My trip, the travels, the events, the people have all been coming too fast for me to keep up with. I’ve been meeting people, seeing programs, shooting photos and video for 12 hours a day. So please forgive me for the past-tense of the blogs from here on out.
I hope to revisit elements of my trip in a retrospective approach that, although removed from that here-and-now immediacy, may actually prove more interesting for the reflective time I get by looking back. But before I begin that retrospective approach, I offer this blog post that I started but did not get around to publishing.
March 20, 2015
I must take you back in time to St. Petersburg, back to last week, back to my first looks at the educational system in Russia.
From what I gather, Russian youth are primarily educated in state schools, just as American students are educated in the public school systems run by our individual states, under the recommendations and dictates of the federal government.
And like American schools, youth in Russia may choose to augment their education with “after-school” activities. But, in the U.S., many of those programs are directly funded and run by the public school system using public school facilities, such as after-school programs in sports, music, the arts, etc. And of course American private companies offer all sorts of enrichment programs for a fee.
In Russia, there are also many after-school enrichments programs — some that receive funding from the state and from local city governments. In St. Petersburg and in Petrozavodsk, that support may include the outright gift of a building, or access to it. But…these buildings are often old and run down, requiring a huge commitment in money for materials and an army of dedicated volunteers effort to make them habitable. I’m talking about the basics we in America take for granted — flooring, walls, bathrooms, wiring, lights, Internet connections, etc. In short, they need it all, and if they want it, they must do it all.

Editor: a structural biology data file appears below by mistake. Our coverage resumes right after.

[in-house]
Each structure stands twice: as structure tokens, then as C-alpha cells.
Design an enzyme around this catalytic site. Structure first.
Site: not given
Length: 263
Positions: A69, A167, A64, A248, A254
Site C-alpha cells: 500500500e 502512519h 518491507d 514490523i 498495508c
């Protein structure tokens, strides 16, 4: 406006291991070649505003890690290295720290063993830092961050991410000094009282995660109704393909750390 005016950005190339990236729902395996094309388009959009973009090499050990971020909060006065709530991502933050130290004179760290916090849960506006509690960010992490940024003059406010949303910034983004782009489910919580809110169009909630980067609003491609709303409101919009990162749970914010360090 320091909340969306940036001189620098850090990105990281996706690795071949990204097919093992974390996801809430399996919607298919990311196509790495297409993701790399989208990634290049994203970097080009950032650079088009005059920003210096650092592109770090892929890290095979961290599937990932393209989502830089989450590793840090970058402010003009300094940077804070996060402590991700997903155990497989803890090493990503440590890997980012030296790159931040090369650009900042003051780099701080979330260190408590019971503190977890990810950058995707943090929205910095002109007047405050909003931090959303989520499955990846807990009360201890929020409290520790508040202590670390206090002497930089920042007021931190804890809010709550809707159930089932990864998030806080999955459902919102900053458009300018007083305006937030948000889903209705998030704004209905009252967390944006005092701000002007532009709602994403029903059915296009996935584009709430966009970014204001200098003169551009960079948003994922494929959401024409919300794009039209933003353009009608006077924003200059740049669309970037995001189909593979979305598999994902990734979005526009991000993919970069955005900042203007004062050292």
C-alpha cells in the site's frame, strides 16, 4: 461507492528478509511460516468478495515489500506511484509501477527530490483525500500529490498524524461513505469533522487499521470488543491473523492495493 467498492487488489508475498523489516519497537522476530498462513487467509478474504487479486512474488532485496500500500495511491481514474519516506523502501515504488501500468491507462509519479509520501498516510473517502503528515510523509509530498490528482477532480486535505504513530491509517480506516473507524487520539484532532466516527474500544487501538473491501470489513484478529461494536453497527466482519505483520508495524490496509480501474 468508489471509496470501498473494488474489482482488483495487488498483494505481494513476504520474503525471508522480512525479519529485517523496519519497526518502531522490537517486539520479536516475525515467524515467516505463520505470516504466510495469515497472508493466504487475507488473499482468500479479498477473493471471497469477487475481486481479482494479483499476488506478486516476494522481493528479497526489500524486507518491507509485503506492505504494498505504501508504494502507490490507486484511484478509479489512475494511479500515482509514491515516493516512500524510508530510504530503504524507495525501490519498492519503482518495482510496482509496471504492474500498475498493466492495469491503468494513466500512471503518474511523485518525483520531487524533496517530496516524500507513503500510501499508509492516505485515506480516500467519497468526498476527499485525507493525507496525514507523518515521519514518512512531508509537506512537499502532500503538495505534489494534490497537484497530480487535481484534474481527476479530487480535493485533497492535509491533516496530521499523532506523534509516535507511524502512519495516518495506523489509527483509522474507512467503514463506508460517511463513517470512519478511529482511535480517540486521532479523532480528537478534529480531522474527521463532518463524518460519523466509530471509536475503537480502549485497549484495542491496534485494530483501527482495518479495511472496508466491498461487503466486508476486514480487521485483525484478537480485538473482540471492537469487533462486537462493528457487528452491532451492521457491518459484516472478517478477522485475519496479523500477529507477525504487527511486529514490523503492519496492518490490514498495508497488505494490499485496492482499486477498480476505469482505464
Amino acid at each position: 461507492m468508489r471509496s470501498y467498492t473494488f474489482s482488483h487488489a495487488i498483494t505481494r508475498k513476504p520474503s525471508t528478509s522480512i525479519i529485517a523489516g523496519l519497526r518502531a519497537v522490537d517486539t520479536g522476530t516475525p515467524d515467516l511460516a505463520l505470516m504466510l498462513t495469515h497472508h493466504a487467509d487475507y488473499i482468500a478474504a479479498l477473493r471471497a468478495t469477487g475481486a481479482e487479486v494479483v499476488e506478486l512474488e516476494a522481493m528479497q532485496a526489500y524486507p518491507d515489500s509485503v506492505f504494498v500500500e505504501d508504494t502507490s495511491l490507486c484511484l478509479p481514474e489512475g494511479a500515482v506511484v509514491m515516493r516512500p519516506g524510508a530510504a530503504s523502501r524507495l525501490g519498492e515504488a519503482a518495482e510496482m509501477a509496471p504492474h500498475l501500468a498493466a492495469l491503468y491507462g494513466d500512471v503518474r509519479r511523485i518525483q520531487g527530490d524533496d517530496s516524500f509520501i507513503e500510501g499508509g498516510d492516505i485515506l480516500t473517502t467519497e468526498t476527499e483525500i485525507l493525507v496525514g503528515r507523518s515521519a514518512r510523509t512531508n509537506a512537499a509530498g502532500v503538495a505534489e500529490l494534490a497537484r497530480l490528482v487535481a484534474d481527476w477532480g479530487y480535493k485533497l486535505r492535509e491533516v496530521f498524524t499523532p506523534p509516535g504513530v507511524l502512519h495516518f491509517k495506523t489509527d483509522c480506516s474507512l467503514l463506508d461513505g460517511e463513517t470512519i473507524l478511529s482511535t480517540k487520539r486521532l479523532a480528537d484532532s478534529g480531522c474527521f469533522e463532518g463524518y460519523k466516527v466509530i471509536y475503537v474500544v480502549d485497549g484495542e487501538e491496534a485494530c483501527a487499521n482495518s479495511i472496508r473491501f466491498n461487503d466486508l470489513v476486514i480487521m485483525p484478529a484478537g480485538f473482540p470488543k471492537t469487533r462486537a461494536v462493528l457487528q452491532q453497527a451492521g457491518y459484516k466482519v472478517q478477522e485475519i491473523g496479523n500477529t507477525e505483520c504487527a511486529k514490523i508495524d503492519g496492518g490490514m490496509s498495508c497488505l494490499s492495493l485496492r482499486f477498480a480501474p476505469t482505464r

I’ve now met the directors of three such educational centers, and their armies of paid and unpaid educators who design activities, create materials, teach — and swing a hammer, paint, sweep and generally devote their lives to building programs from scratch.
Perhaps you remember a previous post when I talked about my glimpse at the Russian heart? I have now seen its depth.
Mikhail Epstein, a professor of math at St. Petersburg State University, welcomed me to the World of Math, Technology and Entrepreneurship when I landed in St. Petersburg on March 12. The educational center, which has already been retrofitted, was one of several locations around the city to host activities during High Tech Week, a five-day series of classes for any high-school aged youth who wanted to partake. The offerings ranged from non-fiction production to robotics and nanotechnology to cybernetics.
Students from several state schools converged on a modern school in St. Petersburg on March 13 for a document sleuthing competition. Each team selected an information packet containing personal letters, drawings, and photographs. Their jobs: discover the identity of the famous Russian scientist using only the documents included in the kit.
I also visited a night school for Russian speakers who want to learn English called “Don’t Speak” English School. Again, the teaching approach was active and experiential. Teacher Anastasia Lurchagina’s students ranged in age from 12 to 40, and she kept things moving with a variety of fast activities and lessons.
Across town, middle and high students populated a state-funded school and club called Rescuer that teaches mountain rescue skills and techniques to youth aged 12 and up. The facility includes a climbing gym. Last year they added video production to the operation, and now have a small stage, a green screen and various video production gear. The kids enthusiastically showed me videos they created, and great photos of a recent backpacking trip to practice rescue protocols in the wilderness. The place felt more like a home away from home for these kids, who call themselves “The Moss.” And like the lichen from which their name comes, they are completely connected to each other, to the Earth, to the program, to the center, and to their growth.
I can tell you they sure made it feel like home to me. Again I felt that immediate and genuine warmth, that sense of belonging, of community at Rescuer that I’ve experienced in nearly every stop on my fellowship.
I walked in a stranger. We talked about video, backpacking and climbing, families and babies, we drank tea and ate sandwiches, we laughed, and we overcame the language. I walked out a “Moss” devotee.
Next up, a look at the educational opportunities in Petrozavodsk.